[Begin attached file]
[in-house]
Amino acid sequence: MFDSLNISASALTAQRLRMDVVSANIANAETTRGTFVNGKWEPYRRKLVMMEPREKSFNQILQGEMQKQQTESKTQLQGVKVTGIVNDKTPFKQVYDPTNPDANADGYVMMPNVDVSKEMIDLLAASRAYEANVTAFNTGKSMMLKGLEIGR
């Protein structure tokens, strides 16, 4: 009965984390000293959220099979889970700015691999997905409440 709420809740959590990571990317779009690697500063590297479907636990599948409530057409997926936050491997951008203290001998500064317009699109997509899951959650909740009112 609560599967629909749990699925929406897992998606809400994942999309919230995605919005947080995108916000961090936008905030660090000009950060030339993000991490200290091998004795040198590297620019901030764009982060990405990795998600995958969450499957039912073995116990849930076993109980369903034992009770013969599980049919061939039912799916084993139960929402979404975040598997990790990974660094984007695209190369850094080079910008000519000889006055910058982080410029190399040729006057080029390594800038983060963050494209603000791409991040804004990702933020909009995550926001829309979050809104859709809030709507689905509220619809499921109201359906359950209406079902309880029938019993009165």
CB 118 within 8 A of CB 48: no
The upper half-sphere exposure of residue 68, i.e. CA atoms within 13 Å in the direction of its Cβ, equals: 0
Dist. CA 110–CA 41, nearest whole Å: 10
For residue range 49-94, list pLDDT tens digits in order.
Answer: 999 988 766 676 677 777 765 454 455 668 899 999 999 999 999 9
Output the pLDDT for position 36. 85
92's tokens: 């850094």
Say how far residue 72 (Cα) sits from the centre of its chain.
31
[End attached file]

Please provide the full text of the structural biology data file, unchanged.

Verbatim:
[in-house]
Amino acid sequence: MFDSLNISASALTAQRLRMDVVSANIANAETTRGTFVNGKWEPYRRKLVMMEPREKSFNQILQGEMQKQQTESKTQLQGVKVTGIVNDKTPFKQVYDPTNPDANADGYVMMPNVDVSKEMIDLLAASRAYEANVTAFNTGKSMMLKGLEIGR
């Protein structure tokens, strides 16, 4: 009965984390000293959220099979889970700015691999997905409440 709420809740959590990571990317779009690697500063590297479907636990599948409530057409997926936050491997951008203290001998500064317009699109997509899951959650909740009112 609560599967629909749990699925929406897992998606809400994942999309919230995605919005947080995108916000961090936008905030660090000009950060030339993000991490200290091998004795040198590297620019901030764009982060990405990795998600995958969450499957039912073995116990849930076993109980369903034992009770013969599980049919061939039912799916084993139960929402979404975040598997990790990974660094984007695209190369850094080079910008000519000889006055910058982080410029190399040729006057080029390594800038983060963050494209603000791409991040804004990702933020909009995550926001829309979050809104859709809030709507689905509220619809499921109201359906359950209406079902309880029938019993009165």
CB 118 within 8 A of CB 48: no
The upper half-sphere exposure of residue 68, i.e. CA atoms within 13 Å in the direction of its Cβ, equals: 0
Dist. CA 110–CA 41, nearest whole Å: 10
For residue range 49-94, list pLDDT tens digits in order.
Answer: 999 988 766 676 677 777 765 454 455 668 899 999 999 999 999 9
Output the pLDDT for position 36. 85
92's tokens: 């850094």
Say how far residue 72 (Cα) sits from the centre of its chain.
31